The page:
Meeting place is a point you define for at least two lines to meet. The place where the lines meet becomes a node. A concentration of energy, an event. This is typical of main squares, city centers or what are defined as kilometer zeros. Meetings are intrinsically happenings. It is as much a meeting place as it is taking place that consists of a choreography of occupation. And they happen everyday (with the everyday). It is in the occupation that the everyday could become uncanny.

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When I arrived in the small village of Piñeres, I wanted to observe what was happening everyday. So I made a routine of staying and walking through the village and observe. What got my attention was the daily movement made by a group of about 40 cows from the grazing field back to their stables, which took a distance of about 100 meters.  The cows are owned by a local farmer whom I also got to know during my stay. Punctually at dusk, the bovine creatures return to their house to be fed again and stay there for the night. Both exodus and re-entry lasted for about 15 minutes. For about a week, I spent every afternoon with the cows, being with them, and observing how they let their time pass. I had to gradually adjust myself with the cows’ distinct energies, at the same time that the cows gradually got used to my presence. With the collaboration of some of the villagers, I mounted a dining table in the middle of the field of cows, with flowers and a salad starter plate complete with knives and fork, both prepared for me by new village friends I made during the week. I invited the public, consisting of both villagers and outsiders to meet me at the grazing fields. They arrived as I was eating, and the cows did pretty much the same. One of the villagers noticed that I had nothing to drink and shouted at me, ‘look, the poor kid has nothing to drink, pepe, do you want a bottle of wine?’. I joyfully said ‘yes, why not!’. Shortly, a bottle of wine arrived to my table. I was dressed immaculately, in white shirt and bow-tie, a cowbell necklace, and black boots. The cows ate, peed, pooped around me, and many times even tried to take some of my food. I spent a good time protecting my territory. After eating, I rang the cow bell. The stable owner opened the gates of the grazing field, and let out the cows. One by one the cows came out, followed by me, and without so much instruction, the rest of the public. A short human-cow procession occurred. This ritual was accentuated by a group of musicians. I felt like a bride getting married at the high council of the cows.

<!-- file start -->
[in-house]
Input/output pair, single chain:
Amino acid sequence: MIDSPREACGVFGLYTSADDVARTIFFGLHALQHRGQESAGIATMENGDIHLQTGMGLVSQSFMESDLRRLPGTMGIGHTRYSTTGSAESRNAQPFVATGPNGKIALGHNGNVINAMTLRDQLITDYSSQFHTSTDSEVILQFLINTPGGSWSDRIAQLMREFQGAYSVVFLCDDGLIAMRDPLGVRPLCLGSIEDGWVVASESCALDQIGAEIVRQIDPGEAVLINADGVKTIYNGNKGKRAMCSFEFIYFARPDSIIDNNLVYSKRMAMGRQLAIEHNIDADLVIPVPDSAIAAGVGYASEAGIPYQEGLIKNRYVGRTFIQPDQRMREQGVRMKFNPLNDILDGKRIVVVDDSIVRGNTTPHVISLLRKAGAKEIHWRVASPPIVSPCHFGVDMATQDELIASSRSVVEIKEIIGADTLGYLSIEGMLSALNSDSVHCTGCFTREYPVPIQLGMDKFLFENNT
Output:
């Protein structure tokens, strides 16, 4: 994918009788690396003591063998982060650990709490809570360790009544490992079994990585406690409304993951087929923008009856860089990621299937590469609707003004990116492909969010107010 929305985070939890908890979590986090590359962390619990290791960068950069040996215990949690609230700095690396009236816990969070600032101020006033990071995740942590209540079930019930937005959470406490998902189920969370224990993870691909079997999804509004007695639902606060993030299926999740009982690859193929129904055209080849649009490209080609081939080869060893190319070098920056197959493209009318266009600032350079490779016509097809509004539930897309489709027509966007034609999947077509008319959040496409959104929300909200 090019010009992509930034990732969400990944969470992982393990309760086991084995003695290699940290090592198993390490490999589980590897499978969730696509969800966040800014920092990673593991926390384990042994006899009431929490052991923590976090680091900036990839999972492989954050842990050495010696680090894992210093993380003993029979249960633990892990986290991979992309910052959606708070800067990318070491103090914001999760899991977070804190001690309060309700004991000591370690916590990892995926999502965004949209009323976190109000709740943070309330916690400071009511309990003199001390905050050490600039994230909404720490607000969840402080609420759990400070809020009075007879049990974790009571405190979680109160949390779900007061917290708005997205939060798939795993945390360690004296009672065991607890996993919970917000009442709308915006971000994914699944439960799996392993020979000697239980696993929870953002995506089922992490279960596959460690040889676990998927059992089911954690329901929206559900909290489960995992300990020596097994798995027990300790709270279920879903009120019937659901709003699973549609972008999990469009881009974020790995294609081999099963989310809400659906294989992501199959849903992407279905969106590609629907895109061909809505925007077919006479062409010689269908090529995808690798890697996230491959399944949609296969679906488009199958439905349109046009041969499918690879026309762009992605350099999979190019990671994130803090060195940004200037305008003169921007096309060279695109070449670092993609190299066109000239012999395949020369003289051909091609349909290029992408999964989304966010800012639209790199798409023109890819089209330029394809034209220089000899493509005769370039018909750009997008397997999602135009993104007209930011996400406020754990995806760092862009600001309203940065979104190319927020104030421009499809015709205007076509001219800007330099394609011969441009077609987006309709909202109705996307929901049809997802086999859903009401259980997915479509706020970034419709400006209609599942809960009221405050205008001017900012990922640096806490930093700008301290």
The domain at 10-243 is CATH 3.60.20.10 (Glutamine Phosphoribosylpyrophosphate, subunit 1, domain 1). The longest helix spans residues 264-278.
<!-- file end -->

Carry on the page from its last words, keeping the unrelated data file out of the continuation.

When the guests reached the stable, I was waiting for them, and the cows were being fed by the owner. I held a bunch of paper in my hand. Another friend and artist Pablo installed ultraviolet lights so that the most prominent objects visible were the cows’ white skin, my white shirt and and the papers held in my hand. I drew the paper sheets one by one and started introducing each cow’s name. Each sheet was an official Spanish document, containing each cow’s registered name, lineage, identity number, barcoded, signed and sealed by the State. After reciting the cows’s names, I read one last sheet of paper, which was a document granting me official permission to reside in Spain. It arrived before I came to the village after having waited for it for five months. I scattered all the papers on top of a stack of hay for the people to look at, as I went into another table that I had set up in the middle of the stable to continue eating with the cows. We said goodbye to the human guests. Minutes later, the stable’s owner handed me a glass of freshly squeezed milk from one of the cows and I drank.

Photos: Agustine Pilarte